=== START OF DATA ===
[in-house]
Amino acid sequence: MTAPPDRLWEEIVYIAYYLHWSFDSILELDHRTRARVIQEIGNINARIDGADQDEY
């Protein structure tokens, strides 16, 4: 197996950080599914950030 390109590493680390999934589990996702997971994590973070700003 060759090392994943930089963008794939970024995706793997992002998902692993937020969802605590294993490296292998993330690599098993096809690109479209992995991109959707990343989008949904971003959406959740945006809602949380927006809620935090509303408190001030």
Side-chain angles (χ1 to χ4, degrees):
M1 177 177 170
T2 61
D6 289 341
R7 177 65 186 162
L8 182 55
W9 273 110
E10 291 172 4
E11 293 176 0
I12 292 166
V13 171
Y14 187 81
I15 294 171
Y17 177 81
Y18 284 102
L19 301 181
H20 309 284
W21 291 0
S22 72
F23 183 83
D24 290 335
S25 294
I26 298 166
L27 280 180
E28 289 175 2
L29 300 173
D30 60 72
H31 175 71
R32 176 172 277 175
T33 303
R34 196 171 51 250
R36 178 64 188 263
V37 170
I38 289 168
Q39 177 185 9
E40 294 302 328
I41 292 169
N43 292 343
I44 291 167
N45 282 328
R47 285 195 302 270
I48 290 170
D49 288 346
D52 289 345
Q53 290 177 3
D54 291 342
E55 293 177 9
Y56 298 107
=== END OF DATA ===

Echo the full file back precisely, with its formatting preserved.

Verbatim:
[in-house]
Amino acid sequence: MTAPPDRLWEEIVYIAYYLHWSFDSILELDHRTRARVIQEIGNINARIDGADQDEY
């Protein structure tokens, strides 16, 4: 197996950080599914950030 390109590493680390999934589990996702997971994590973070700003 060759090392994943930089963008794939970024995706793997992002998902692993937020969802605590294993490296292998993330690599098993096809690109479209992995991109959707990343989008949904971003959406959740945006809602949380927006809620935090509303408190001030």
Side-chain angles (χ1 to χ4, degrees):
M1 177 177 170
T2 61
D6 289 341
R7 177 65 186 162
L8 182 55
W9 273 110
E10 291 172 4
E11 293 176 0
I12 292 166
V13 171
Y14 187 81
I15 294 171
Y17 177 81
Y18 284 102
L19 301 181
H20 309 284
W21 291 0
S22 72
F23 183 83
D24 290 335
S25 294
I26 298 166
L27 280 180
E28 289 175 2
L29 300 173
D30 60 72
H31 175 71
R32 176 172 277 175
T33 303
R34 196 171 51 250
R36 178 64 188 263
V37 170
I38 289 168
Q39 177 185 9
E40 294 302 328
I41 292 169
N43 292 343
I44 291 167
N45 282 328
R47 285 195 302 270
I48 290 170
D49 288 346
D52 289 345
Q53 290 177 3
D54 291 342
E55 293 177 9
Y56 298 107